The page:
THE DEVIL ALL THE TIME. This country has long suffered from an identity crisis — 2020 has turned it into an outright catastrophe but it was a pre-existing condition going back almost as far as the nation itself. City does not know what to do with Country and vice versa, each population distrusting the other to the point of alienation, fear and contempt. City has long dominated the cultural discourse, in rapportage and art, with Country languishing as a kind of malformed twin confined to the shadows. There are genres and subgenres exploring life outside the metropolises — the novels of Daniel Woodrell and some of the David Lynch canon spring to mind — and they usually tend to skew dark-to-noir, rolling over rotted logs in the forest of Americana to expose the maggots and chaos below. I am drawn to this lane of artistic exploration, being a country boy with a dark sensibility who grew up here, of all places, the West Coast equivalent of the hills and hollows of the Southeast, mythic homes both of outlaw culture and barely concealed backwoods malfeasance. There are plenty of folksy, heartwarming tales of rural life, I'm sure; I haven't really looked for them. The truth of life in rural America obviously falls somewhere between Little House on the Prairie and The Devil All the Time. But in artistic representation, that life tends to be handled with childlike superficiality or distilled into the bitterest brew. The Devil All the Time attempts the latter.
I was skeptical at first and remain so even after watching the movie. It is based on a novel by Donald Ray Pollock who, according to the internet, labored half a lifetime in a southern Ohio paper mill before pivoting to a life of letters. He is very much of the place in which he set this, his debut novel (which I have not yet read). His work was adapted by the screen, though, by Antonio and Paulo Campos, with Antonio directing. Antonio, the son of a producer and manager, and a New York City native, has risen to prominence in the independent cinema world in recent years. My skepticism blooms: Can the City translate the Country without leering or condescension? I think so and the fact that Pollock signed on to narrate the movie seems to point to his approval, but I'm still not entirely sure.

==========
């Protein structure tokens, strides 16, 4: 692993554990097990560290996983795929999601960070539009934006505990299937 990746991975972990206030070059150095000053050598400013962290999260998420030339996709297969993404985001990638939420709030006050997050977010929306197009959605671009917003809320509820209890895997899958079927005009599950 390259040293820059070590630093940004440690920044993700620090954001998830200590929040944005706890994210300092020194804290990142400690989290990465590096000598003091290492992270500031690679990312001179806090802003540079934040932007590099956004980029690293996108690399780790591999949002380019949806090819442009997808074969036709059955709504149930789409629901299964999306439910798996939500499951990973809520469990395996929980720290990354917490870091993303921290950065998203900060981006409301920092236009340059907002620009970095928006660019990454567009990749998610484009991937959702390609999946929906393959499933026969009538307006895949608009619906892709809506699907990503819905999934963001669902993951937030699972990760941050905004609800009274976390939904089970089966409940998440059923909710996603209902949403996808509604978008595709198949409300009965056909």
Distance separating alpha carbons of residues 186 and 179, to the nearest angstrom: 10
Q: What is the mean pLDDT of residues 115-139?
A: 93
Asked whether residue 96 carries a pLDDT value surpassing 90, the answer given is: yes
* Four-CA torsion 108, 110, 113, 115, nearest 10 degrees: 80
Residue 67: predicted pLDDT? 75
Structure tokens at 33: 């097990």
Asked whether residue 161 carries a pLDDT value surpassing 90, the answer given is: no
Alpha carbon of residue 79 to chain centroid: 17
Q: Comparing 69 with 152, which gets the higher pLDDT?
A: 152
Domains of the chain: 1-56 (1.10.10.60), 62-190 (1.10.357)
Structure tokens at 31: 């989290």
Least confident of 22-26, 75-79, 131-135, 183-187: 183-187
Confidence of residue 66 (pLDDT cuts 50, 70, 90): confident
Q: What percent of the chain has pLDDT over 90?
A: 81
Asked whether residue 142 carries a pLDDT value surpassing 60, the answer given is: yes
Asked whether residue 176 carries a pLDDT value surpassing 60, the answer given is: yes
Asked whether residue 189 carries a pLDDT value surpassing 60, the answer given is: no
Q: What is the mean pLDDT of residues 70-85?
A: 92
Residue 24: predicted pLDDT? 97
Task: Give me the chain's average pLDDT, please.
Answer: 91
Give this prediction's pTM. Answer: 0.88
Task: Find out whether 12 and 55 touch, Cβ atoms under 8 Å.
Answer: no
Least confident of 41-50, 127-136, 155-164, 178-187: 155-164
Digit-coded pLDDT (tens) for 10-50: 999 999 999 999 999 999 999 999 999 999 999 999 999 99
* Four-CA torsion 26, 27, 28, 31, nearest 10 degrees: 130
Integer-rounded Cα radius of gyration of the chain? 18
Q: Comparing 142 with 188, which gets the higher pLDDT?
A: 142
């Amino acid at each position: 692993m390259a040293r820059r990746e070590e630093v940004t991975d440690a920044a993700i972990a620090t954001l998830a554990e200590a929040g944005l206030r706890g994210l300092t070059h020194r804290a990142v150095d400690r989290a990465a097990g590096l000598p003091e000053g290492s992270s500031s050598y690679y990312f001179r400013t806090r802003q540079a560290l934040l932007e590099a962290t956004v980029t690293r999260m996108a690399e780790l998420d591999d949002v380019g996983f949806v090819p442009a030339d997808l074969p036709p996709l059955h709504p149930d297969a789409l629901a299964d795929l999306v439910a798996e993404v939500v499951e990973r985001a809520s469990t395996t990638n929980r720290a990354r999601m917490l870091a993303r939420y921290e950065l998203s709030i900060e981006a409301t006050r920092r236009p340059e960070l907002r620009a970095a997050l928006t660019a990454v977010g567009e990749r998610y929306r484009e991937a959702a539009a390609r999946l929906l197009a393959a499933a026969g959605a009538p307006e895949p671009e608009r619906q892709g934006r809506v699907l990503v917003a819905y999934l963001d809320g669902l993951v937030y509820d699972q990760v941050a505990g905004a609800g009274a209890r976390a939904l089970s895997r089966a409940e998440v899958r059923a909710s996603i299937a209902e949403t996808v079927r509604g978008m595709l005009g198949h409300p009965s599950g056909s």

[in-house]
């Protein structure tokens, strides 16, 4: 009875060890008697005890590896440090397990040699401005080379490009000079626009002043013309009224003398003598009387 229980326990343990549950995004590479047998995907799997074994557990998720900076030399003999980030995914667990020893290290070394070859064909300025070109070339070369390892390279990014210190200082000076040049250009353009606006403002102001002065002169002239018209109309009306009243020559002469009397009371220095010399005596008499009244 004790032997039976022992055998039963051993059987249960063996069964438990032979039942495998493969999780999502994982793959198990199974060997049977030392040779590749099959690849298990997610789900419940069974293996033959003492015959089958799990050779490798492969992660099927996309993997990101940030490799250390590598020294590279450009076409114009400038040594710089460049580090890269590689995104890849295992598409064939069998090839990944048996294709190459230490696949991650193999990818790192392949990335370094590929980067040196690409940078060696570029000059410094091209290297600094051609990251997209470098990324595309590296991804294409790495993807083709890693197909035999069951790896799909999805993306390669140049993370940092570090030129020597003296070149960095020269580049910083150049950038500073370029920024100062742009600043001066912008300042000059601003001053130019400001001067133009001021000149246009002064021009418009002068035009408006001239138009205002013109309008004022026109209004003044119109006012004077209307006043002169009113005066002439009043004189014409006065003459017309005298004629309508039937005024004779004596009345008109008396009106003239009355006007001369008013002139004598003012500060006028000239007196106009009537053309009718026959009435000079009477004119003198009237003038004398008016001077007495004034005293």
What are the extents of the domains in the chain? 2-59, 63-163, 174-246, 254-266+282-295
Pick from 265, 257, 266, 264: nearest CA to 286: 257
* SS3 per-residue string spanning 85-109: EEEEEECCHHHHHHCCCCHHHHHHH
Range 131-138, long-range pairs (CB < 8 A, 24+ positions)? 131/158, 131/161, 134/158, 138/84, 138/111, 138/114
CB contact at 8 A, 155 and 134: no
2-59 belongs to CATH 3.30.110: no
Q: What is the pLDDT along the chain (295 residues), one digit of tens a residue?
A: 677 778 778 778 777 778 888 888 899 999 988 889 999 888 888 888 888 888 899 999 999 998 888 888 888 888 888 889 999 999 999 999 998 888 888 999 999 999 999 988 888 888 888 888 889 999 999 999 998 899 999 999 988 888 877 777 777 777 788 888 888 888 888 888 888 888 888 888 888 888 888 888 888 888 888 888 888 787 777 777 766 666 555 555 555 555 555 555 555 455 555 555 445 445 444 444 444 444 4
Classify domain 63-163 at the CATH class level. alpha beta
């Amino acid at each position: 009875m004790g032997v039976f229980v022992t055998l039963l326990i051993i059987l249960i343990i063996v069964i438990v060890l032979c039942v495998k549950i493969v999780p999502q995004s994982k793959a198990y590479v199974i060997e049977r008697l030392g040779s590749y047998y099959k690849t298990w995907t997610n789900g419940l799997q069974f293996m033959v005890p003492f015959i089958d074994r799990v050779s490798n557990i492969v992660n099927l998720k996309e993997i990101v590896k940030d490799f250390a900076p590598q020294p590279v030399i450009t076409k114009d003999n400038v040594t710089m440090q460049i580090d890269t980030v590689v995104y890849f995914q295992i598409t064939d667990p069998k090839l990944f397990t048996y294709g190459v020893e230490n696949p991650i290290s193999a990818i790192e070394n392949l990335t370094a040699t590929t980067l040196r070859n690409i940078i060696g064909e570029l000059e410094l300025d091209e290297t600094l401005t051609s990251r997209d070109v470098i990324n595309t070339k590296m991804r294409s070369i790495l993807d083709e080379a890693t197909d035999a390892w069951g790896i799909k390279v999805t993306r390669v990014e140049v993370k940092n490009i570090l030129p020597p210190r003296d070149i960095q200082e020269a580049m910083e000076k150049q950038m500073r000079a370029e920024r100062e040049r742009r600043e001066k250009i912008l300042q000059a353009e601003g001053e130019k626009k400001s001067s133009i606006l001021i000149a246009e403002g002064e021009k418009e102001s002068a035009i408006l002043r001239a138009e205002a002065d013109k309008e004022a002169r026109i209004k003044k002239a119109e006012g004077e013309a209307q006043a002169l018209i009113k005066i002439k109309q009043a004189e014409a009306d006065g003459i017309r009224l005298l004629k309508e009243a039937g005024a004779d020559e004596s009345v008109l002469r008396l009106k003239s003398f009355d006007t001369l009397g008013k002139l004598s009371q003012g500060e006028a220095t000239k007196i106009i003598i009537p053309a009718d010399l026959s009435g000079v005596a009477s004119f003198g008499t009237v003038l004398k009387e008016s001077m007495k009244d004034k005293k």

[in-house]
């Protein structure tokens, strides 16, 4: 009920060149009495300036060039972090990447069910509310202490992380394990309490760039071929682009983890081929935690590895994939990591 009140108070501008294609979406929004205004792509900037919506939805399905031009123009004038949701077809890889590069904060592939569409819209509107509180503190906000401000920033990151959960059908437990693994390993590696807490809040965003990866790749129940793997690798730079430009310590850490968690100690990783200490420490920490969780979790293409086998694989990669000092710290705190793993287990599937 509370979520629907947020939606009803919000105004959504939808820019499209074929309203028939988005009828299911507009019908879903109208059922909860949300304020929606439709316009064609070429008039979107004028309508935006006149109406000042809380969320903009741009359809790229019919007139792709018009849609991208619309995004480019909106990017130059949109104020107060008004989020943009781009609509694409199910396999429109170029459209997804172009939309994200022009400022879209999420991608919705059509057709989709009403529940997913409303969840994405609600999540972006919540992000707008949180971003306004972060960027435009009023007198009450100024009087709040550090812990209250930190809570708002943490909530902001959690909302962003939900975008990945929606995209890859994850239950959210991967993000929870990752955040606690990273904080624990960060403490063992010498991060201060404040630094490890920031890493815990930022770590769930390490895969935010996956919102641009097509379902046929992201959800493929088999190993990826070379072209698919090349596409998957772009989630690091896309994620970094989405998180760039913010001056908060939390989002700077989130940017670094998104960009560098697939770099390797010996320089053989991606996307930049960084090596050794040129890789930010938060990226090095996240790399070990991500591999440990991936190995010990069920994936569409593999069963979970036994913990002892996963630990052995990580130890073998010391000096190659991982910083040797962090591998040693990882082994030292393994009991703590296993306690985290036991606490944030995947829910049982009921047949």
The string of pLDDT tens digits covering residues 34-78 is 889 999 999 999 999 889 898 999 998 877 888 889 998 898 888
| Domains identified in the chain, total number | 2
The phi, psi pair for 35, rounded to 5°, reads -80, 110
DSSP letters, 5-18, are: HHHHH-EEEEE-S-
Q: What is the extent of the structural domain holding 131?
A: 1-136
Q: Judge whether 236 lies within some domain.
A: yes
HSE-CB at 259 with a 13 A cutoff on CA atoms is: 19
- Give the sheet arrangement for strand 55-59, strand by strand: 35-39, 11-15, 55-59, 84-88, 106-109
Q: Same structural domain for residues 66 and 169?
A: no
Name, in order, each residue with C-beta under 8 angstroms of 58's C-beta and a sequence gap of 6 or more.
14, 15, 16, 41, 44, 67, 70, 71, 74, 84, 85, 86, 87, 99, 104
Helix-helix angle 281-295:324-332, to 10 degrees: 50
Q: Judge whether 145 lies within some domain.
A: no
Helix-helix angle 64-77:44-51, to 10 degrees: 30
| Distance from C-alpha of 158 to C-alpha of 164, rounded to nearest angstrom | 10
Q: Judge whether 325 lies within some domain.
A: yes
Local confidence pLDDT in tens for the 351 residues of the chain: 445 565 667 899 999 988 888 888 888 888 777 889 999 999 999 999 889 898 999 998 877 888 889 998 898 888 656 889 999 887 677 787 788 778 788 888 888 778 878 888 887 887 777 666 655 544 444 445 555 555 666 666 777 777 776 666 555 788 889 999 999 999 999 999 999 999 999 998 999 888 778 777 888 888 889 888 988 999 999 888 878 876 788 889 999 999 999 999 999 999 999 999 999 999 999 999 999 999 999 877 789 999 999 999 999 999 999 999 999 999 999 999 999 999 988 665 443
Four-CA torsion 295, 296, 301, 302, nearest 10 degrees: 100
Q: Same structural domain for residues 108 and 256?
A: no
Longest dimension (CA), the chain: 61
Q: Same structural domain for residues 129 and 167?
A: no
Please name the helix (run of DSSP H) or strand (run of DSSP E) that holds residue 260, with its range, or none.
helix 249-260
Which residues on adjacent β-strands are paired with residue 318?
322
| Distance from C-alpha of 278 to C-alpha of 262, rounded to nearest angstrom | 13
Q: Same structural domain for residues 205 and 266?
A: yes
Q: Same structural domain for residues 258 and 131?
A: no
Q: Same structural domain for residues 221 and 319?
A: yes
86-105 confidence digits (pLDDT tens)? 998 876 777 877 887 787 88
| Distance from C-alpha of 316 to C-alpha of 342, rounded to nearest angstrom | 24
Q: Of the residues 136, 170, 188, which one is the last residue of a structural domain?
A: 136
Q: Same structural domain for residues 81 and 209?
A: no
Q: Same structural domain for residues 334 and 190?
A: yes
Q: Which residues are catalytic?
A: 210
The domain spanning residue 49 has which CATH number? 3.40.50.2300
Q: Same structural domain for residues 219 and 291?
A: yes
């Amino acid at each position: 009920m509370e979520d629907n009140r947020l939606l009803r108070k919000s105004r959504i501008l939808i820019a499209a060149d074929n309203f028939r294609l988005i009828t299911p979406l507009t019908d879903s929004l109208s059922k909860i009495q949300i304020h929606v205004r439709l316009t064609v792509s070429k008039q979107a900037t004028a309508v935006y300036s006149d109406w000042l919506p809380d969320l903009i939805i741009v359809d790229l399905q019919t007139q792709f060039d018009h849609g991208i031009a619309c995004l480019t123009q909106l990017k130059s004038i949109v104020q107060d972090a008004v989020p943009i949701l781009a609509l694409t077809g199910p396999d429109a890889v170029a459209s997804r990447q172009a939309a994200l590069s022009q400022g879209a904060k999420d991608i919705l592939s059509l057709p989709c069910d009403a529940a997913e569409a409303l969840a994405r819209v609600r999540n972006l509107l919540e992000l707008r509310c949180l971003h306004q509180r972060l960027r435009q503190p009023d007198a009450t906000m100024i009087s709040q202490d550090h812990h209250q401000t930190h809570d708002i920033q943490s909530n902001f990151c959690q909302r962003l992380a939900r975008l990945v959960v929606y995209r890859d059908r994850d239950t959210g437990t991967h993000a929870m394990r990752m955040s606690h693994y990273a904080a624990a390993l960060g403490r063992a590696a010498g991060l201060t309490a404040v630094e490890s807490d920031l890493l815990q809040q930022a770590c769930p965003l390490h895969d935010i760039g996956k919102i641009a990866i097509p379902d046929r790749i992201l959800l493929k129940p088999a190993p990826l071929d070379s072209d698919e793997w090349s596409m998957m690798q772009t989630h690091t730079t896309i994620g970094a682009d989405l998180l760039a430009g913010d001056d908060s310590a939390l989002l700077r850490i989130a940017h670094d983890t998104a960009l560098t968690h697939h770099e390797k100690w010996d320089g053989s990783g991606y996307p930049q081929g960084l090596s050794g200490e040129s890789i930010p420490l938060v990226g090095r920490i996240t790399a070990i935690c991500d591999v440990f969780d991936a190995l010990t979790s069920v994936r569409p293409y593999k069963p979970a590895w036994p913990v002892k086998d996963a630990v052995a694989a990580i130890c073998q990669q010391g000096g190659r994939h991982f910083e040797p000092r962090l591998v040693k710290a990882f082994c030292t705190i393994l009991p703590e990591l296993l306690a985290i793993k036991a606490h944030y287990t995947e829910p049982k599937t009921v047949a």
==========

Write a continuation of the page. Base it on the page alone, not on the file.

Crossing the border between Ohio and West Virginia while shuttling back and forth in time over a 20-year period, The Devil All the Time lays out a grisly lattice of misplaced faith, injustice, thrill killing, domination and subjugation. Our protagonist and proxy is orphaned Arvin Russell (played in childhood by Michael Banks Repeta and as a teenager by Tom Holland), who attempts to make sense of it all and wrest some sort of order from the chaos.
Arvin is the only child of Willard (Bill Skarsgård), a veteran of the Pacific theater in World War II who is haunted by his experiences there, and Charlotte (Haley Bennett), the kindhearted waitress with whom Willard fell in love after a brief meeting during a stopover on his bus ride home. Arvin's parents come to bad ends and he ends up in the care of his grandmother Emma (Kristin Griffith) and uncle Earskell (David Atkinson), who have also taken in Lenora Laferty (Eliza Scanlen). Eliza is also a child of tragedy, being the offspring of Helen Hatton (Mia Wasikowska), whom Emma took in after her family died in a fire, and Roy Laferty (Harry Melling), a delusional maniac preacher; neither parent is active in Lenora's upbringing, for very different reasons. Intersecting the life-trajectories of Arvin and Lenora, at intervals, are a married pair of road killers named Sandy and Carl (Riley Keough and Jason Clarke) — he with troubling artistic aspirations, she with an increasing distaste for their pastime — her older, sheriff brother Lee Bodecker (Sebastian Stan) and an oily, nefarious preacher called Teagardin (Robert Pattinson). Arvin self-appoints as Lenora's protector but in a world full of snakes, there is only so much he can do.
There is a Shakespearean/Greek tragedy element to the scale and complexity of this narrative, its telling compounded jumping around in time. To the credit of the Brothers Campos, the narrative spools out almost too languidly and the violence that punctuates it feels less shocking than it does de rigueur. In this darkened corner of the country, wrongdoing begets violence in the only semblance of justice to be had. Good, bad or indifferent, murder is the process and product by which lives are determined.
While not shocked by the killing or the thematic darkness in The Devil All the Time, I'll acknowldedge that it is decidedly not for all tastes. It is, however, a self-assured examination of violence and questioned faith that avoids the potential pitfalls of a period drama set in the rural South. It is good looking without showiness, with some unexpectedly restrained, interior performances from a formidable cast. R. 138M. NETFLIX.